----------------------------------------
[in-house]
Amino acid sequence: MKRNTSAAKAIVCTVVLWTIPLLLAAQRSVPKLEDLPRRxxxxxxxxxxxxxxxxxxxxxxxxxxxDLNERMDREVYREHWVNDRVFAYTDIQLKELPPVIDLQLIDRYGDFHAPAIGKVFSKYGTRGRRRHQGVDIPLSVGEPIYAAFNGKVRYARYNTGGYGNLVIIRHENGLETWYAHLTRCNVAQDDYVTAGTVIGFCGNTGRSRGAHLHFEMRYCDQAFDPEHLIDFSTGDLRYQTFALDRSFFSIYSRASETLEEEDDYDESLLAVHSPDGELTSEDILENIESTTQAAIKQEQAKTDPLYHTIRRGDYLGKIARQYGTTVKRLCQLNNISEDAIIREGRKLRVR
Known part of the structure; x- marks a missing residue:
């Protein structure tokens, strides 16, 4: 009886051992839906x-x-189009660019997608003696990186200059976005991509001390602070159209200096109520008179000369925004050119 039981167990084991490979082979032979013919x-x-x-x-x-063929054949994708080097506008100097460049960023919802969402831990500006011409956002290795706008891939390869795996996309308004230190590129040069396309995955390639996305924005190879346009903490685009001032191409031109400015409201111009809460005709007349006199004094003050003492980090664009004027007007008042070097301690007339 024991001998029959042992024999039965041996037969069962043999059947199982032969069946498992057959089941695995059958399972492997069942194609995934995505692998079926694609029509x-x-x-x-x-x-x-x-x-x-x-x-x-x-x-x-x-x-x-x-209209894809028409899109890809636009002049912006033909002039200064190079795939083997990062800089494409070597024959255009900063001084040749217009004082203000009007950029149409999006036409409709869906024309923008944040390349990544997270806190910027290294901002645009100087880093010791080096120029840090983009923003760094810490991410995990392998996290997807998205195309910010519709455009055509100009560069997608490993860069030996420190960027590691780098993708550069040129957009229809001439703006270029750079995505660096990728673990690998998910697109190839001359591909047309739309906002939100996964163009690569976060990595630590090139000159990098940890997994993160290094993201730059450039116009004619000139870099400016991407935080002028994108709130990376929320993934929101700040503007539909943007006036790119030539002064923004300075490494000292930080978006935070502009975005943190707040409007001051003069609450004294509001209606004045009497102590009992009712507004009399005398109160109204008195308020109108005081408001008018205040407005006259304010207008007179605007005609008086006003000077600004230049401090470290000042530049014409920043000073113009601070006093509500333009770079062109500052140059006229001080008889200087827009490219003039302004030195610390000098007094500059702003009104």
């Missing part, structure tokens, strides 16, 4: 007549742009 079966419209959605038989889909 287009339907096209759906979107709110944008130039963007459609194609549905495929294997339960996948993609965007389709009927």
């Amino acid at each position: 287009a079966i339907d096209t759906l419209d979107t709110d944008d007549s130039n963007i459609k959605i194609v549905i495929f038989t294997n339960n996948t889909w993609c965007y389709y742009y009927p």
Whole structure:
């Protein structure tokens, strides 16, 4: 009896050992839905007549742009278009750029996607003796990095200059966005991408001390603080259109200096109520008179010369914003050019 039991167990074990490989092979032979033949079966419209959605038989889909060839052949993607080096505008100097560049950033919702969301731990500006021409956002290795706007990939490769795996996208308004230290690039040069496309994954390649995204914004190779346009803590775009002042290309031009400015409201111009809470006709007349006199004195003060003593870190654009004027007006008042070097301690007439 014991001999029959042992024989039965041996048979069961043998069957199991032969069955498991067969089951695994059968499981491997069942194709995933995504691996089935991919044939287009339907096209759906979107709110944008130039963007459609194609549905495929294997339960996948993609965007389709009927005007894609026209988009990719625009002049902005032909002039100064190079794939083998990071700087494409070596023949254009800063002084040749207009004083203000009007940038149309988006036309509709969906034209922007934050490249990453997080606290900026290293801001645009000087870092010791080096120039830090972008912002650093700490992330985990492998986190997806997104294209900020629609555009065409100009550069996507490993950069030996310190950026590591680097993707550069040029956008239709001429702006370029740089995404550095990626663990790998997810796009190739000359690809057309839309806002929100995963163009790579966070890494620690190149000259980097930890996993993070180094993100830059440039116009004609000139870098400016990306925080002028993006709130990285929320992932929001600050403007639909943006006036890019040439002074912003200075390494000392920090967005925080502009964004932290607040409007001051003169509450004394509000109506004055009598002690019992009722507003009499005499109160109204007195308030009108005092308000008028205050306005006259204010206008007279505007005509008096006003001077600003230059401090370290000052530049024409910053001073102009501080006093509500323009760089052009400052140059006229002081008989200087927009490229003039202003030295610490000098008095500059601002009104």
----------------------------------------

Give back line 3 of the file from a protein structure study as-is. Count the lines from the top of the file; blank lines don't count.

Known part of the structure; x- marks a missing residue: